Why leave behind the seat that exists in your home and go aimlessly off to the dusty realms of other lands? If you make one misstep, you go astray from the Way directly before you.

A wonderfully ironic comment from a guy who sailed across the sea in a little boat to get to the dusty realms of China. But it's also a wonderful encouragement to us. In Genjo Koan you might recall he says the same thing:

Here is the place, here the way unfolds.

Practice right here and now. Don’t think you need to be different from who you are, don't think you have to go somewhere far away or sign up for a really cool retreat somewhere. Practice. Here. Now.

You have gained the pivotal opportunity of human form. Do not use your time in vain. You are maintaining the essential working of the Buddha-Way. Who would take wasteful delight in the spark from the flintstone? Besides, form and substance are like the dew on the grass, destiny like the dart of lightning--emptied in an instant, vanished in a flash.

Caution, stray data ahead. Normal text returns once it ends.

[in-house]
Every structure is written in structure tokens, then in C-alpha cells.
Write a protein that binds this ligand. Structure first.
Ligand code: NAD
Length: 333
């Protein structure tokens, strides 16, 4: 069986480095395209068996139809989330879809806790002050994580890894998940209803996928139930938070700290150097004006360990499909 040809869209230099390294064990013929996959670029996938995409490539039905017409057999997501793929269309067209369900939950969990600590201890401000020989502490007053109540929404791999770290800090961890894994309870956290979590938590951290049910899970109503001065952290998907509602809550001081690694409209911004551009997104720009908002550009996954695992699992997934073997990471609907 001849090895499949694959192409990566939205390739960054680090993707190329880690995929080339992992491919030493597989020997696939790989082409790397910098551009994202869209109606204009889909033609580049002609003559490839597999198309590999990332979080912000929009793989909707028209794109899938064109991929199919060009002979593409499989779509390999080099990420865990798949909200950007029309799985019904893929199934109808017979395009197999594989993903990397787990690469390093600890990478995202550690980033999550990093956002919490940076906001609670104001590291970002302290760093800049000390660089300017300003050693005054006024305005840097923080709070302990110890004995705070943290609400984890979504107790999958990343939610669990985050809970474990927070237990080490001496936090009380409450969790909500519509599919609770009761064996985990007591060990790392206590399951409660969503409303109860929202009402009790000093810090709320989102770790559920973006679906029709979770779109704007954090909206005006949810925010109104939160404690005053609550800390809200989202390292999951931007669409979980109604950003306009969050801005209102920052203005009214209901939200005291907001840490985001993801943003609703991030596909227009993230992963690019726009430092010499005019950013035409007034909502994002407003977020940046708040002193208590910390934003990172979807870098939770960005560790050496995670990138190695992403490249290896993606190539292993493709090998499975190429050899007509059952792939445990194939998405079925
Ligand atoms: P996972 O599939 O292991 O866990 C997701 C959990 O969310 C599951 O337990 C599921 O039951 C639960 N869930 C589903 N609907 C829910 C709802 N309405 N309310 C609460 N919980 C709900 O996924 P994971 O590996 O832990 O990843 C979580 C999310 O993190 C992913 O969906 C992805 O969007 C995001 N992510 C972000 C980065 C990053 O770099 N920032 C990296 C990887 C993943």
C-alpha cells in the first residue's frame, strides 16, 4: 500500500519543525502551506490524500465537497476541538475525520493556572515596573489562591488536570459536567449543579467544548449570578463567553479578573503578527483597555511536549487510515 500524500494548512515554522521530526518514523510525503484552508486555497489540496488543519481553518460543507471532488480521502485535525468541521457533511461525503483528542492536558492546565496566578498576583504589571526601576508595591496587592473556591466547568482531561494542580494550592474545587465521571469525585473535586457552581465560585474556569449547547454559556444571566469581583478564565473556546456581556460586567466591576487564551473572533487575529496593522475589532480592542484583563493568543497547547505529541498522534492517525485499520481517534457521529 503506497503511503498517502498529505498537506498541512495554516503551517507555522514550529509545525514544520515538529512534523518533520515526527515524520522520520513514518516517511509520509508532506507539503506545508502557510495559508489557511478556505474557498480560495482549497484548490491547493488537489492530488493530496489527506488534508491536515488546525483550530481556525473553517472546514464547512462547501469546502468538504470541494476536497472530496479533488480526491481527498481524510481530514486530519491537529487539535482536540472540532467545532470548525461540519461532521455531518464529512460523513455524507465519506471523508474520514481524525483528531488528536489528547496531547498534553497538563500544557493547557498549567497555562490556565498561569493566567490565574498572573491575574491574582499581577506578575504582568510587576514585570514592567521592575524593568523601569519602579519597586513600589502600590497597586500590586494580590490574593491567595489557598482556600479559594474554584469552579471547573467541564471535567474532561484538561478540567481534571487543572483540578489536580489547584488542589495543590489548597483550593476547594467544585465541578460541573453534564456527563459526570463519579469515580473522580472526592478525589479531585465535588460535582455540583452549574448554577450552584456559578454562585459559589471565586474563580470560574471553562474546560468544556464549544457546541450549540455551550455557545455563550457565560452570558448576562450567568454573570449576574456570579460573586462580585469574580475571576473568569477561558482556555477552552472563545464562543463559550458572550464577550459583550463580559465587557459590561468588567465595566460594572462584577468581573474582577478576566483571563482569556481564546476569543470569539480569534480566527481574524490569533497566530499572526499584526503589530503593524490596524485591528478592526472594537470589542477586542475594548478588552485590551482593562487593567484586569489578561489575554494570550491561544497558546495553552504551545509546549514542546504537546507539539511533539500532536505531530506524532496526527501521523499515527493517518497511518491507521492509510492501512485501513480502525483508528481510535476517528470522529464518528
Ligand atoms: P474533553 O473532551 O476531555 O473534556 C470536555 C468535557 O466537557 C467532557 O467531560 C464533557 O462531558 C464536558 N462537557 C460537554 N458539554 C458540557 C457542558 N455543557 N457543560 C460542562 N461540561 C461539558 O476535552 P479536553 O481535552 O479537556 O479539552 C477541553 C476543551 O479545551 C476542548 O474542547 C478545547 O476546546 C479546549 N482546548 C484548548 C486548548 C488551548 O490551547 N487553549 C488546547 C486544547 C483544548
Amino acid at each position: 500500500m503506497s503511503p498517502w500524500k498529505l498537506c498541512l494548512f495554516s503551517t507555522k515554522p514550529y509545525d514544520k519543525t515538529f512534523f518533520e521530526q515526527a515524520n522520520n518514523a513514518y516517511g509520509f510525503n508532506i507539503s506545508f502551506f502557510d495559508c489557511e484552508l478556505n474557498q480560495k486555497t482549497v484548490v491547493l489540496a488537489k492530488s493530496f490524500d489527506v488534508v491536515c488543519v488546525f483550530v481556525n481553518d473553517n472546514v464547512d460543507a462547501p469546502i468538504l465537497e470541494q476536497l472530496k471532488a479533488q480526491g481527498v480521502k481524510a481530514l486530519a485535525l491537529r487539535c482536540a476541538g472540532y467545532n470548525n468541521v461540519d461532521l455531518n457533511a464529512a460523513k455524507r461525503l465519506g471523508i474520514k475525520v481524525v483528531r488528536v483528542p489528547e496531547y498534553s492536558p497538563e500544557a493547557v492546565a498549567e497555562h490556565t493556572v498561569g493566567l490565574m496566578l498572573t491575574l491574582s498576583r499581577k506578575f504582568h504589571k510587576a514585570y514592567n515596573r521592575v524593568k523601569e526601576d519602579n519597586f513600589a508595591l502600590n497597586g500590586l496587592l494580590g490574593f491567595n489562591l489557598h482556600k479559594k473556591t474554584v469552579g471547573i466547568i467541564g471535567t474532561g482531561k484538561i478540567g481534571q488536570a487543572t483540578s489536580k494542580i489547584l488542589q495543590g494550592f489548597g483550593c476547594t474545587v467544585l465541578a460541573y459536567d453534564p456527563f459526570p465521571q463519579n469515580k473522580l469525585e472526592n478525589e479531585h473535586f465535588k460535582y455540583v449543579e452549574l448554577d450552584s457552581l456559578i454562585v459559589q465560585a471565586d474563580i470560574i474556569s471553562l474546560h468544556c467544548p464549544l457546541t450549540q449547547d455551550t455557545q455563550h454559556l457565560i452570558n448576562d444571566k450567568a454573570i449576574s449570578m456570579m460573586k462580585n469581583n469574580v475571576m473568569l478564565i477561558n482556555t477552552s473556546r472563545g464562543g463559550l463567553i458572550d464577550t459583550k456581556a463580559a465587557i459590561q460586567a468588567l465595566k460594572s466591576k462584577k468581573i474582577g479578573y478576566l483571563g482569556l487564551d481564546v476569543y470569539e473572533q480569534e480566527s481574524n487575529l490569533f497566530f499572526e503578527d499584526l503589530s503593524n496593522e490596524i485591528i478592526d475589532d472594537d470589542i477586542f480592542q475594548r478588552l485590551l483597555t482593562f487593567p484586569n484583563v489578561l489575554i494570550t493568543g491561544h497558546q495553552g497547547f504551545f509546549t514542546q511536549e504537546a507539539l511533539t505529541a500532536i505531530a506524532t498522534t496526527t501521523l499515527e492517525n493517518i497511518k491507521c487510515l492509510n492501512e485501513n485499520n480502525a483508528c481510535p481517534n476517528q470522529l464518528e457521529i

We take being human for granted maybe - it's wonderful and kind of a pain in the ass. The Buddhist tradition has a a few pointers for us here: being human is an incredibly rare and precious opportunity [sea turtle and the ring in the ocean metaphor if time]. So we could do better appreciating that opportunity. Don't mess around.

Please, honored followers of Zen, long accustomed to groping for the elephant, do not be suspicious of the true dragon. Devote your energies to a way that directly indicates the absolute. Revere the person of complete attainment who is beyond all human agency. Gain accord with the enlightenment of the buddhas; succeed to the legitimate lineage of the ancestors' samadhi. Constantly perform in such a manner and you are assured of being a person such as they. Your treasure-store will open of itself, and you will use it at will.

I love the "please" there - how sweet. And the encouragement. Keep practicing. Have faith. Trust your teachers. And keep practicing. And when body and mind drops away - or when you realize it's always dropping away - it's natural, it's organic, it's beautiful and you are free. Your treasure-store will open of itself, and you will use it at will.

So that's the Fukanzazengi. I succumbed to the temptation to finish the text before leaving for Japan and didn't leave much time for discussion t his week. What do you think of all that?